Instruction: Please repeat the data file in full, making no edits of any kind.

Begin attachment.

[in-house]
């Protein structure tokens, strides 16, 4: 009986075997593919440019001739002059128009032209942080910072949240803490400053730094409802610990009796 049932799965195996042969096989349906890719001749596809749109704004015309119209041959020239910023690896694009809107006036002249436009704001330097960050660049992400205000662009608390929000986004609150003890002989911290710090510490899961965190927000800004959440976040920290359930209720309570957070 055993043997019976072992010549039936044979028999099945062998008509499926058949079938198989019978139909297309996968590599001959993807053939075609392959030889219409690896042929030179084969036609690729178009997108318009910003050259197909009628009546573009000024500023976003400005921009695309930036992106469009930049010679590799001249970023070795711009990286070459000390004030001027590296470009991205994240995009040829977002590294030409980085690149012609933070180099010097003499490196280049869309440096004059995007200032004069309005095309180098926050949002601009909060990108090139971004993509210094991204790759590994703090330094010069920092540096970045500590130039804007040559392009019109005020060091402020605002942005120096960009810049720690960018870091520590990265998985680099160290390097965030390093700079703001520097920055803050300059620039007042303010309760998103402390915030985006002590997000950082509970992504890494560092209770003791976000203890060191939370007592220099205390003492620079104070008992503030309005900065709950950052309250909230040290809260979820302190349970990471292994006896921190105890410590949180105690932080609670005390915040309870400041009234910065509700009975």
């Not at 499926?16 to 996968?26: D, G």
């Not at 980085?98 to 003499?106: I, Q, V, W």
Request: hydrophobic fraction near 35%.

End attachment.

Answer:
[in-house]
């Protein structure tokens, strides 16, 4: 009986075997593919440019001739002059128009032209942080910072949240803490400053730094409802610990009796 049932799965195996042969096989349906890719001749596809749109704004015309119209041959020239910023690896694009809107006036002249436009704001330097960050660049992400205000662009608390929000986004609150003890002989911290710090510490899961965190927000800004959440976040920290359930209720309570957070 055993043997019976072992010549039936044979028999099945062998008509499926058949079938198989019978139909297309996968590599001959993807053939075609392959030889219409690896042929030179084969036609690729178009997108318009910003050259197909009628009546573009000024500023976003400005921009695309930036992106469009930049010679590799001249970023070795711009990286070459000390004030001027590296470009991205994240995009040829977002590294030409980085690149012609933070180099010097003499490196280049869309440096004059995007200032004069309005095309180098926050949002601009909060990108090139971004993509210094991204790759590994703090330094010069920092540096970045500590130039804007040559392009019109005020060091402020605002942005120096960009810049720690960018870091520590990265998985680099160290390097965030390093700079703001520097920055803050300059620039007042303010309760998103402390915030985006002590997000950082509970992504890494560092209770003791976000203890060191939370007592220099205390003492620079104070008992503030309005900065709950950052309250909230040290809260979820302190349970990471292994006896921190105890410590949180105690932080609670005390915040309870400041009234910065509700009975």
């Not at 499926?16 to 996968?26: D, G």
């Not at 980085?98 to 003499?106: I, Q, V, W």
Request: hydrophobic fraction near 35%.